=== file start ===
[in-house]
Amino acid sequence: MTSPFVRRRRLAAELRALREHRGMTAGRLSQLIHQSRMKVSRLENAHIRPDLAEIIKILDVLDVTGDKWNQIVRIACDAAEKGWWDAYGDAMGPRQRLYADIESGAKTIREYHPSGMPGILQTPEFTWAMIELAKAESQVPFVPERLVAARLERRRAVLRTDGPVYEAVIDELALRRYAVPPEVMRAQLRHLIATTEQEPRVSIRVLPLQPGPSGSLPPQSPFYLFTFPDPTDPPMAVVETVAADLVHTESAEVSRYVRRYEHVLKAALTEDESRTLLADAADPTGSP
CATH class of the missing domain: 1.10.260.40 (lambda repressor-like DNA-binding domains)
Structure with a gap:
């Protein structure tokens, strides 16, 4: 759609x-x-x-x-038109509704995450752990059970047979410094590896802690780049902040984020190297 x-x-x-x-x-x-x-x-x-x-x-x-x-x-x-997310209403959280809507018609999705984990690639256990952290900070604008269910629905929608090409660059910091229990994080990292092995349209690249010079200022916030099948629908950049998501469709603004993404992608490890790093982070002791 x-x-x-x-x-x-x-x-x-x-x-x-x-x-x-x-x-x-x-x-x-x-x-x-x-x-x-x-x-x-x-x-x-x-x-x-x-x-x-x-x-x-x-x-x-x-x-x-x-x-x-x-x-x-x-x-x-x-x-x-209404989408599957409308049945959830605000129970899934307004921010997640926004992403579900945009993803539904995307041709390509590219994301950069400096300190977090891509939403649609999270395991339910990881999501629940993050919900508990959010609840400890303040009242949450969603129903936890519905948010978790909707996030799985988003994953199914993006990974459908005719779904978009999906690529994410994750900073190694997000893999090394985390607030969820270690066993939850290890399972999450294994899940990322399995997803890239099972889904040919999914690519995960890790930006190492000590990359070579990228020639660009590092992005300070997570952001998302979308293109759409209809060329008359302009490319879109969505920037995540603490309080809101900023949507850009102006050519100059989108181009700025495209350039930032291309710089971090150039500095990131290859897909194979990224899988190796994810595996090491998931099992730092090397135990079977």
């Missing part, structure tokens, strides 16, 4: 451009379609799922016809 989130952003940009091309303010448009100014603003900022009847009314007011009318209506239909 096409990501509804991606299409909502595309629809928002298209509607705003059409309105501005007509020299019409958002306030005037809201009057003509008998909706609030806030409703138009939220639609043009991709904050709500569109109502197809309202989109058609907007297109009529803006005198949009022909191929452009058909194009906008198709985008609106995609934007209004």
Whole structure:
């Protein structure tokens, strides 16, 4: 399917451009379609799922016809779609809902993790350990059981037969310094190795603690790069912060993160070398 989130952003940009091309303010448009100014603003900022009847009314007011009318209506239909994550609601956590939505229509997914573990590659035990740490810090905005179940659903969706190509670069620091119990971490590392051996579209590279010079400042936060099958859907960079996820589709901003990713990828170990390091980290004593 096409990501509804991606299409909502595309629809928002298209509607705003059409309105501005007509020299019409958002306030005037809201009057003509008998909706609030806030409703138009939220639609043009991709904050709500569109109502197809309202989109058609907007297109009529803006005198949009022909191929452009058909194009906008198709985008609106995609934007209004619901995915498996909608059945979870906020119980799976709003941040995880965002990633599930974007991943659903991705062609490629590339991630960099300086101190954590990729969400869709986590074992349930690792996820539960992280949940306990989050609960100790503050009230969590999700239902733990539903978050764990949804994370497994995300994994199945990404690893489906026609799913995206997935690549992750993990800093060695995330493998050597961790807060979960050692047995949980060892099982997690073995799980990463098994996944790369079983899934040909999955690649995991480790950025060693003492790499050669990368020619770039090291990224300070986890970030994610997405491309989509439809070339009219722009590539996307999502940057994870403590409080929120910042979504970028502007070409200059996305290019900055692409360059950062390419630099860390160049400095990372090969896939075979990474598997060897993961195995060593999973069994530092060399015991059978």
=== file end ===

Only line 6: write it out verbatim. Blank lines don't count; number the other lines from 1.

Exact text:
């Missing part, structure tokens, strides 16, 4: 451009379609799922016809 989130952003940009091309303010448009100014603003900022009847009314007011009318209506239909 096409990501509804991606299409909502595309629809928002298209509607705003059409309105501005007509020299019409958002306030005037809201009057003509008998909706609030806030409703138009939220639609043009991709904050709500569109109502197809309202989109058609907007297109009529803006005198949009022909191929452009058909194009906008198709985008609106995609934007209004």